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A Confidence Journey

“We were all rooting for you, but none of us thought you were actually going to make it.”

That’s a quote from my wife about how people from my hometown reacted to me becoming a Navy SEAL. We weren’t married when she felt that way, and this was revealed to me many years after I had finished working in special operations. Their opinion wasn’t completely unfair. At the time, I was a promising pitcher who fell very short of his potential just months before the professional draft. In the weeks leading up to the end of my collegiate career, I ended throwing a record-setting number of wild pitches due to performance anxiety.

You can see how my journey from that outing on the mound to becoming a SEAL seemed like a big jump for some of my hometown friends. My pals who knew me on a deeper level thought it made perfect sense. Well, that was 20 years ago, and this is what I’ve learned about confidence along my journey.

What is Confidence?

Confidence is feeling certain, and certainty is gained from where we place our trust. The challenge is, we have a tendency to place our trust in sources we can’t control. The two sources that are the biggest obstacles to competing with confidence are critics and low odds. We allow the opinions of other people and low probability to define or even imprison our belief in what we’re capable of accomplishing.

It’s a well-known fact that BUD/S classes have a failure rate of 70 to 80%, and my class was no different. Going into it, there was no shortage of people who doubted my ability to pass, but I didn’t focus on if I would make it. I focused on why I wanted to do it.

Do “The Odds” Really Matter?

With this, as in life or in business or in athletics, it is important to understand that critics and low probability are a given. “Odds” should define our process, not our potential - while keeping in mind it’s the difficulty of the task that makes it special. Rather than focus how many people have failed, focus on how the successful ones have succeeded. What do they do differently? What kind of person are they?

The Courage to Try

I believe everyone is born with purpose and the ability to accomplish something great, and you don’t need anyone’s permission to honor that, just the courage to try. Losers find excuses to cower. Winners find an excuse to win. Our previous failures don’t define our ability. They increase it by forging us into more capable people. Failure in baseball strengthened my resiliency and determination.

After baseball, I learned to have confidence by creating trust in internal sources that are free from external dependencies. The first, is in our preparation. If we apply attention to detail and relentless effort in our preparation, we will be able to trust it in the moment of competition.

Just before Hell Week began, one of our instructors said, “Today there is a man training to kill you and one day you will meet that man. When you’re going to be certain that you, and every man next to you, is better prepared for that day than he is”.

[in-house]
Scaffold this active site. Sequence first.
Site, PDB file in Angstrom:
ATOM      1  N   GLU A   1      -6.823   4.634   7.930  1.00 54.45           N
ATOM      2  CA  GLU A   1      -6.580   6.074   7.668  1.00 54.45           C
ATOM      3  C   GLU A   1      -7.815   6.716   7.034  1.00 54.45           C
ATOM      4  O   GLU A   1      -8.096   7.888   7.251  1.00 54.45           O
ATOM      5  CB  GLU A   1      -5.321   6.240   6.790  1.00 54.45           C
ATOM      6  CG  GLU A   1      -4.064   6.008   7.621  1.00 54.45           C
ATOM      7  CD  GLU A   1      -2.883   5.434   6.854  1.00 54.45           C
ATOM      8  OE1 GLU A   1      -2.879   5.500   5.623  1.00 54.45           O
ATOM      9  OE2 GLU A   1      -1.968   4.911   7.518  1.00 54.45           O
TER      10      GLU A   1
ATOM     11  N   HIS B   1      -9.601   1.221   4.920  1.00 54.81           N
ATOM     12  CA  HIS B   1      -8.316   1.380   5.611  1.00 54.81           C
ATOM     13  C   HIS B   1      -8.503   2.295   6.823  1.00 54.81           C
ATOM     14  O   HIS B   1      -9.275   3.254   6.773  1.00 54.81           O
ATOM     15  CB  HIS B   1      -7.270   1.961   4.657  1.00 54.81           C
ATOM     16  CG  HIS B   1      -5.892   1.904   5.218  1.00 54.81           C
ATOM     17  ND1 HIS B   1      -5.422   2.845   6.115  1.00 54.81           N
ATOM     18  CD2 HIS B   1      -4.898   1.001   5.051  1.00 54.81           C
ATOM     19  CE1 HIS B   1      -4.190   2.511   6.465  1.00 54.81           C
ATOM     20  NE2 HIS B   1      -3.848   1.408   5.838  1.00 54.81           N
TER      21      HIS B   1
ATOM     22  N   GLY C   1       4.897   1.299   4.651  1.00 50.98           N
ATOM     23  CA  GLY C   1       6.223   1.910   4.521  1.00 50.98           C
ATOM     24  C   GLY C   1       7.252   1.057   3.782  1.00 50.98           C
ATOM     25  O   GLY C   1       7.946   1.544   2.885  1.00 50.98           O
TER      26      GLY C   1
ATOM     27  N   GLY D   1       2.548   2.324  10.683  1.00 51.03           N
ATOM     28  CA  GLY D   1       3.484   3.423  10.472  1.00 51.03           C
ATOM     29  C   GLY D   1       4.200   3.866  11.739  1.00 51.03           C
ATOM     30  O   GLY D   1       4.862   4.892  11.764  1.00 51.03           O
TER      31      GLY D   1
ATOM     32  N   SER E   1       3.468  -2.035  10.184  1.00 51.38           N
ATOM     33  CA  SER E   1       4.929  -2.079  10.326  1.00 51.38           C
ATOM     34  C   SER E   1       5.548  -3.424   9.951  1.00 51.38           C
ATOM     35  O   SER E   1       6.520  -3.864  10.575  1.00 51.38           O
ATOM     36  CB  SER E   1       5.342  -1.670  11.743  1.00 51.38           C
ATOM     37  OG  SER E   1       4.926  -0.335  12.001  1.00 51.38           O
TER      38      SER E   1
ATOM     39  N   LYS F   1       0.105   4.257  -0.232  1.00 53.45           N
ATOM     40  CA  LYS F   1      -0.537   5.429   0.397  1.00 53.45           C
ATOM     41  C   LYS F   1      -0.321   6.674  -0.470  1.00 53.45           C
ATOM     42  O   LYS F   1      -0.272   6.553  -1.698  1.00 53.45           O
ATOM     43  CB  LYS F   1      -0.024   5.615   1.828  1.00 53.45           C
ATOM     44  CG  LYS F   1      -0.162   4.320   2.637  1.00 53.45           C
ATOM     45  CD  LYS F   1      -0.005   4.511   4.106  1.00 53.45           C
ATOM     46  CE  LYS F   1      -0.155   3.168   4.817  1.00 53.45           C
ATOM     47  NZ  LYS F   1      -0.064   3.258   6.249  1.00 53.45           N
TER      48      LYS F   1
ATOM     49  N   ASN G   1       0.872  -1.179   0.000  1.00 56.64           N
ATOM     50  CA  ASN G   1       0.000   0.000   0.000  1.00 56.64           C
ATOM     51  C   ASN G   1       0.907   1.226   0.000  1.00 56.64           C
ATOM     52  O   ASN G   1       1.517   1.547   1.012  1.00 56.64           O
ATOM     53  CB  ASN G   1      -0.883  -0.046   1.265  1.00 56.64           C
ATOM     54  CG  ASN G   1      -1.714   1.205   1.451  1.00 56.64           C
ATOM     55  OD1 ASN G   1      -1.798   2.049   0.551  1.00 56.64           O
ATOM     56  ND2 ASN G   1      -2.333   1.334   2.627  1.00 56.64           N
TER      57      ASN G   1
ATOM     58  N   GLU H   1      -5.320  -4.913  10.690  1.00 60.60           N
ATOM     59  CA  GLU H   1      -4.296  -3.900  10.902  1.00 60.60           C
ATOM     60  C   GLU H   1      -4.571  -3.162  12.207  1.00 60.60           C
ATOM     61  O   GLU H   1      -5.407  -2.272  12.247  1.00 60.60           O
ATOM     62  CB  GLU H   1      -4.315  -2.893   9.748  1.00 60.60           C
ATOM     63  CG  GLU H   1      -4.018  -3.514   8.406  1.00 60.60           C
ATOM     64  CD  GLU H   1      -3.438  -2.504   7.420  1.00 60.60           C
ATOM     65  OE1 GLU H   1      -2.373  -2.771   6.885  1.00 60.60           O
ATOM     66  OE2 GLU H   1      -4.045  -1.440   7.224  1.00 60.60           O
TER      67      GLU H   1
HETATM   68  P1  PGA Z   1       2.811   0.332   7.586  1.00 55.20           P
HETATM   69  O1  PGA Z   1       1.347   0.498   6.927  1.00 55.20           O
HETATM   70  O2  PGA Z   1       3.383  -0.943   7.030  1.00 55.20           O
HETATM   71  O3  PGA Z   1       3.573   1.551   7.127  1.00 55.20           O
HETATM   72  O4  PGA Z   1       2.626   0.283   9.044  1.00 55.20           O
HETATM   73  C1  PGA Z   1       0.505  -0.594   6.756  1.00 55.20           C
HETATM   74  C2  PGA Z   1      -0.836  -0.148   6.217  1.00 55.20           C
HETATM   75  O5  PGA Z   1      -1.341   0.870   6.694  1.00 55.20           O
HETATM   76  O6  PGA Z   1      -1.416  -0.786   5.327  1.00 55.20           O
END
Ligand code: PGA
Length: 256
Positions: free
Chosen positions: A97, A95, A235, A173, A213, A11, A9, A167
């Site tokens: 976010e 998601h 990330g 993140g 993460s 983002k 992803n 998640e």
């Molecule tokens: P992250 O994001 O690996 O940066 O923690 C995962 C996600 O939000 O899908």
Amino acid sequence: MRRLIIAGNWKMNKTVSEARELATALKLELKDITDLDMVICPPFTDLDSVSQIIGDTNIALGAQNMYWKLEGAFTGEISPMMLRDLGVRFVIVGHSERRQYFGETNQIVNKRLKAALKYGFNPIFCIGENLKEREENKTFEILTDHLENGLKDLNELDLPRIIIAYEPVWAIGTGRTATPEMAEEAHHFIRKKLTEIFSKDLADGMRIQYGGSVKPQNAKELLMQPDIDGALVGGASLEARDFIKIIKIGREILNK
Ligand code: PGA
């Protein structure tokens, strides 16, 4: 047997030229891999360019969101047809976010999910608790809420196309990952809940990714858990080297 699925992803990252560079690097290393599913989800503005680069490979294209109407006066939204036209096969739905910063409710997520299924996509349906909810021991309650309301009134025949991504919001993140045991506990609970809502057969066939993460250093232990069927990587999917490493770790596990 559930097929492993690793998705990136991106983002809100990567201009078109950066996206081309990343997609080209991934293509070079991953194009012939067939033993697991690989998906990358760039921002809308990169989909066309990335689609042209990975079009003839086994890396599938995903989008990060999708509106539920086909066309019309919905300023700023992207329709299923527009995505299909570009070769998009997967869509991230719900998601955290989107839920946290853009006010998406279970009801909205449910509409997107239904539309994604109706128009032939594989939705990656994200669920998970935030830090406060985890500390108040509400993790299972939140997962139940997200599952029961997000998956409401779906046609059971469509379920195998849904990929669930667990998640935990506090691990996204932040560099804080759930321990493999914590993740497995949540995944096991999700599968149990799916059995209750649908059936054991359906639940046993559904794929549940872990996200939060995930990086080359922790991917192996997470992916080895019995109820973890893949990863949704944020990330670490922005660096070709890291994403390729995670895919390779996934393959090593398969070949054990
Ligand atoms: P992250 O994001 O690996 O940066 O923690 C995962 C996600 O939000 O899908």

Fast-forward some time, and he was right. One night, a call went out over the radio that I was pinned down. During that fight, I was able to shift focus off of the adverse circumstance and into the action needed to win. My mind was able to make this shift because it trusted our preparation. We already knew what to do. The instructors who trained me saved my life, as fights are often won before the first shot is fired.

We also trusted each other. There was a point at which my teammate could have left me, but I knew he wouldn’t, and that gave me certainty. I trusted him to hold the line no matter the circumstance. Winners surround themselves with the right people. People who trust each other to act in accordance to a standard, no matter what the environmental conditions may be.

Character Above Talent

Hell Week is less of a test of physical ability and more a test of a man’s character. We never sacrifice character for talent, because talent is worthless when it retreats, and character is priceless when it’s time to hold the line.

Adversity is a requirement for reaching the next level of success and character drives teams through adversity. Elite teams value character in addition to skill in their hiring and promotional processes.

Conviction in Purpose

Even if humans were capable of perfect preparation with unflawed character, it wouldn’t guarantee victory. We do everything we can to eliminate the variables to competition, but this makes us very dangerous, not invincible. So how do we have certainty in uncertain outcomes?

Well, we can’t be certain what the outcome will be, but we can be certain there is purpose to every outcome. If we take the hits along the way properly then we get better through each one of them, and our lives become a constant evolution of getting better.

Confidence is all about trust, but where we place our trust is up to us, so choose wisely. Find a mission in life meaningful to your unique desires. Commit to a fight. Aim for the highest thing you can achieve. Win the whole thing regardless of any externally assigned value. If not you, then who? Stand tall and let the mockers mock from the safety of their retreat. Have hope, but don’t rely on hope, for hope is a beggar. Be on a warpath and hunt it down with confidence, because it’s how winning is done and it pays to be a winner.

“The cowards never started, and the weak died along the way.”

-Unknown American Pioneer after completing the Oregon Trail in 1845.


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